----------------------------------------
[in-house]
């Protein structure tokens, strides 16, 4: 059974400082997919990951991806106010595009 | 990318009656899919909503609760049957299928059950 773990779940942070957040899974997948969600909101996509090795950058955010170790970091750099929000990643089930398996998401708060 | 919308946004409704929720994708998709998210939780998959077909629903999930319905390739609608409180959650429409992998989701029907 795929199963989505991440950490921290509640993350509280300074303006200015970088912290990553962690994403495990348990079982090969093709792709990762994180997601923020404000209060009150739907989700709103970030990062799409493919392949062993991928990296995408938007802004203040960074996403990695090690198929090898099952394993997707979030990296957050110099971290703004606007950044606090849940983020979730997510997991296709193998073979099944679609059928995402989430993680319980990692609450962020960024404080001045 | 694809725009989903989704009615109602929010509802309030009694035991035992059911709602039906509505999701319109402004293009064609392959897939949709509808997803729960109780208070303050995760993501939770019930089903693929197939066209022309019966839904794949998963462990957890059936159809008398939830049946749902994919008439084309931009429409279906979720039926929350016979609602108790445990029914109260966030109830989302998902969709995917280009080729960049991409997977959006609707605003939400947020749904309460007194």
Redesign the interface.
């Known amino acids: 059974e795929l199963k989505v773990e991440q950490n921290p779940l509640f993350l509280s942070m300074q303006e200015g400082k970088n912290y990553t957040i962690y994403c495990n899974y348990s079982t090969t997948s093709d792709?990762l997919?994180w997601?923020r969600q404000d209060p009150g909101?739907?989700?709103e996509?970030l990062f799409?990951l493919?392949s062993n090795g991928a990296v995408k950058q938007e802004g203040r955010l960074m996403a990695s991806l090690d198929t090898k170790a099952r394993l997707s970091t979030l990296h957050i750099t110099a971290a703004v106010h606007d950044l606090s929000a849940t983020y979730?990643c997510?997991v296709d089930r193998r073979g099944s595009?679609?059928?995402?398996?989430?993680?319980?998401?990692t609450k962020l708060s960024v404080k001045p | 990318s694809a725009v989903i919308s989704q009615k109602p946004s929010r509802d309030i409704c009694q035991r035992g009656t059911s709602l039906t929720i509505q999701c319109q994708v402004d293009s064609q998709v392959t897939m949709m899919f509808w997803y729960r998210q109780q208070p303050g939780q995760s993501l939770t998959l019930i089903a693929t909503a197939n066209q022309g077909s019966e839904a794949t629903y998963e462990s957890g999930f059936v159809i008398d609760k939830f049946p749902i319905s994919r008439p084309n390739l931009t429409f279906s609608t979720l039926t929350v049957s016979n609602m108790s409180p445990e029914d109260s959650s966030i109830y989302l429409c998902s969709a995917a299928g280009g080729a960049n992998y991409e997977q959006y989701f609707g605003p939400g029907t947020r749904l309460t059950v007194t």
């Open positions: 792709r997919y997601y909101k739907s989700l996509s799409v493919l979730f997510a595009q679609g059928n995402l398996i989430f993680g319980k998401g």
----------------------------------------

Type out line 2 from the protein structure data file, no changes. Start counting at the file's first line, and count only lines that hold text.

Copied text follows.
């Protein structure tokens, strides 16, 4: 059974400082997919990951991806106010595009 | 990318009656899919909503609760049957299928059950 773990779940942070957040899974997948969600909101996509090795950058955010170790970091750099929000990643089930398996998401708060 | 919308946004409704929720994708998709998210939780998959077909629903999930319905390739609608409180959650429409992998989701029907 795929199963989505991440950490921290509640993350509280300074303006200015970088912290990553962690994403495990348990079982090969093709792709990762994180997601923020404000209060009150739907989700709103970030990062799409493919392949062993991928990296995408938007802004203040960074996403990695090690198929090898099952394993997707979030990296957050110099971290703004606007950044606090849940983020979730997510997991296709193998073979099944679609059928995402989430993680319980990692609450962020960024404080001045 | 694809725009989903989704009615109602929010509802309030009694035991035992059911709602039906509505999701319109402004293009064609392959897939949709509808997803729960109780208070303050995760993501939770019930089903693929197939066209022309019966839904794949998963462990957890059936159809008398939830049946749902994919008439084309931009429409279906979720039926929350016979609602108790445990029914109260966030109830989302998902969709995917280009080729960049991409997977959006609707605003939400947020749904309460007194």